News & Insights
March 20, 2020
UPDATED: April 15, 2020
Tennessee Gov. Bill Lee has ordered all bars and restaurants closed in Tennessee except for takeout and delivery. The order will remain in effect through April 30.
“The COVID-19 pandemic has created both an economic and a health crisis and our response must continue to address both aspects,” Lee said in a statement. “Our goal is to keep the public, especially vulnerable populations, safe while doing everything possible to keep Tennesseans in a financially stable position.”
The Metropolitan Beer Permit Board of Nashville has enacted an emergency regulation allowing restaurants, hotels and most breweries can now apply for a new beer permit to deliver and sell beer curbside and “to go.”
As of posting, we have filed delivery applications for 59 restaurants, hotels and breweries, and many have already been issued permits.
Meanwhile, earlier today, Metro Nashville Chief Medical Director Dr. Michael Caldwell closed dine-in service at restaurants. Take-out orders, drive-thru service, curbside pickup, and delivery service are permitted.
In addition, Chattanooga Mayor Andy Berke entered an executive order closing “establishments whose primary business is alcohol service or food service. … Nothing in this order shall be intended to prevent pick-up, delivery or drive-thru service.” Mayor Berke’s proclamation went into effect at midnight on March 19.
Finally, Memphis Mayor Jim Strickland declared a civil emergency and ordered all restaurants to close their dining rooms and offer takeout or delivery service only. Bars are closed. In a spot of good news for carryout, city officials are bagging downtown meters to allow temporary parking for curbside delivery and takeout.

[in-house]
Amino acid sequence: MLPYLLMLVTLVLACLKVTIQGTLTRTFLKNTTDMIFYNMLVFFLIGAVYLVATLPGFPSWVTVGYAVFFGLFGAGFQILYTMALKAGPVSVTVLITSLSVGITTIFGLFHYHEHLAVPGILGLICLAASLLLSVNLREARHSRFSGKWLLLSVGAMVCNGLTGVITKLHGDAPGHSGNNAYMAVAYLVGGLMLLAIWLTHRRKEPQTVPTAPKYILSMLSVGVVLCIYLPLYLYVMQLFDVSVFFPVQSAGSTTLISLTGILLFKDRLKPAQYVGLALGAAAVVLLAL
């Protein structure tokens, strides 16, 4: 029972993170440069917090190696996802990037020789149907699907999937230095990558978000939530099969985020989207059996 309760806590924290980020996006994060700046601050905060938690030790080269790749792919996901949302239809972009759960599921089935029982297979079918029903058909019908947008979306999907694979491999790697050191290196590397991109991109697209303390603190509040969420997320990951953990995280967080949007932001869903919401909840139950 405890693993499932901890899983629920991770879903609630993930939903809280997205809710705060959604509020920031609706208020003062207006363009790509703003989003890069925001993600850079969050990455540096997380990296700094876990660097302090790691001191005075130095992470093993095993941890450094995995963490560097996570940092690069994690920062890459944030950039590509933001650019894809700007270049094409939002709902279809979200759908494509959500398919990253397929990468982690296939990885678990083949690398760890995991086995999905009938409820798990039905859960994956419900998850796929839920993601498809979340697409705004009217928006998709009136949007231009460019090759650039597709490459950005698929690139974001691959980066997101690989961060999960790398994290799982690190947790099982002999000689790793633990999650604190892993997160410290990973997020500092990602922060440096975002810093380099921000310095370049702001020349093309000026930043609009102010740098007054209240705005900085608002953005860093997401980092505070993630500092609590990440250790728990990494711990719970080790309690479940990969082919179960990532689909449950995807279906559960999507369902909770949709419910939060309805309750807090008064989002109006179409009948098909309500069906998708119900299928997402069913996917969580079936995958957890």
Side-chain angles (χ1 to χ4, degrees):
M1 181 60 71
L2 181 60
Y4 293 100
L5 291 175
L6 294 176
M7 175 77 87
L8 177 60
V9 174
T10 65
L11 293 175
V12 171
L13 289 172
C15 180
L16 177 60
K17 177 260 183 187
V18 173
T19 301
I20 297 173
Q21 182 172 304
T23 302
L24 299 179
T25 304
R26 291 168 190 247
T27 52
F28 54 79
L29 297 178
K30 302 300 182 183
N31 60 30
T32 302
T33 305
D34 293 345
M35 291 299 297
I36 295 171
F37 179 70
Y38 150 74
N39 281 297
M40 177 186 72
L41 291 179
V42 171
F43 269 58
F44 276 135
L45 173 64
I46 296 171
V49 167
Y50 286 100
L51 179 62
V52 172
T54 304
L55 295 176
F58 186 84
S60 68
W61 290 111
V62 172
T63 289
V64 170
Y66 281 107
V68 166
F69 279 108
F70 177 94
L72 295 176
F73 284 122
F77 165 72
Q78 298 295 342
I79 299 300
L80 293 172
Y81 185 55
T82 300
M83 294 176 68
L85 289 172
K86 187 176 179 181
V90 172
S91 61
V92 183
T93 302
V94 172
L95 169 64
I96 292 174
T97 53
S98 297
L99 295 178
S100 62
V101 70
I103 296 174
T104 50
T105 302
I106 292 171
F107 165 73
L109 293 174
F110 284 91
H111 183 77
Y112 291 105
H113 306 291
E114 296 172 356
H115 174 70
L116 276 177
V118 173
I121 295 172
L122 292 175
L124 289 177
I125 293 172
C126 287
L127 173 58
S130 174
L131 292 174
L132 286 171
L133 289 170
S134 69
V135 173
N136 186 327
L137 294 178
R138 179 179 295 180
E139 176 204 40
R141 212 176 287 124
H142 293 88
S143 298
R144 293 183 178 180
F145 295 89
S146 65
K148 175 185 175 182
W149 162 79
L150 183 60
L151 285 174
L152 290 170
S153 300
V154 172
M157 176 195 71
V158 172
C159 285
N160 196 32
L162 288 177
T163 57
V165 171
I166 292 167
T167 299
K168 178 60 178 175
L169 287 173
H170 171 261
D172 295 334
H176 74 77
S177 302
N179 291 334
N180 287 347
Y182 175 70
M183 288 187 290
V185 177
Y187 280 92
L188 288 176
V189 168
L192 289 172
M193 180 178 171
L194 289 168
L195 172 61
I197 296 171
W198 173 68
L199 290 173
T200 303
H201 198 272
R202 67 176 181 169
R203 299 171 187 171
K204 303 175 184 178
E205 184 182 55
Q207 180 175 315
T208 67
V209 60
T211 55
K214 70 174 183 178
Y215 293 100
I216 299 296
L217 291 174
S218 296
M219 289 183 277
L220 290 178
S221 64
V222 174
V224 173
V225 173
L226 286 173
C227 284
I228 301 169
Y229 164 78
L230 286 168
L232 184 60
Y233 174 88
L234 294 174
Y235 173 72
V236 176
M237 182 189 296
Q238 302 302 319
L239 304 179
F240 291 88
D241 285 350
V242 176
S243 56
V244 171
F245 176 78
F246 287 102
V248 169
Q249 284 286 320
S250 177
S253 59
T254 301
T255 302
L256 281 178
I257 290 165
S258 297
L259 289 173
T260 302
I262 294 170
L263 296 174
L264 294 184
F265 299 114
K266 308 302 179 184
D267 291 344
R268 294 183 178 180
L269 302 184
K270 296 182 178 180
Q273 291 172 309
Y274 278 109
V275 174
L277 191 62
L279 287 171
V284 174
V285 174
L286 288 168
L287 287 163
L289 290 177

The Tennessee Alcoholic Beverage Commission held a special meeting at 2 p.m. today. Although there was discussion about wine and spirits delivery by restaurants, hotels and bars, Director Russell Thomas believes that delivery will require an action by the governor.
To date, Nashville is the only city that we have seen take steps to authorize delivery and to-go beer sales by restaurants.
How to deliver beer in Nashville
Before selling to go, curbside or delivering, the Regulation requires notification to the Metro Beer Board via email at email@example.com and providing the following information:
There is no application fee. The staff will issue a 30-day temporary “on/off” permit that allows the restaurant, hotel or brewery to immediately begin to-go, curbside and delivery of beer. Attached is a copy of the draft Regulation, which we understand was just adopted. READ: Beer Board Delivery Regulation
The emergency regulation requires that deliveries be made by employees. No delivery of beer by UberEats or other third-party delivery services.
The Reg requires mandatory carding by the employee making the delivery, curbside or to-go sale.
The Reg also authorizes sale of beer at drive-thru and delivery windows.
We find ourselves humming the Talking Heads completely cryptic single:
Once in a Lifetime
Same as it ever was
Letting the days go by
Same as it ever was
Stay tuned for more updates.
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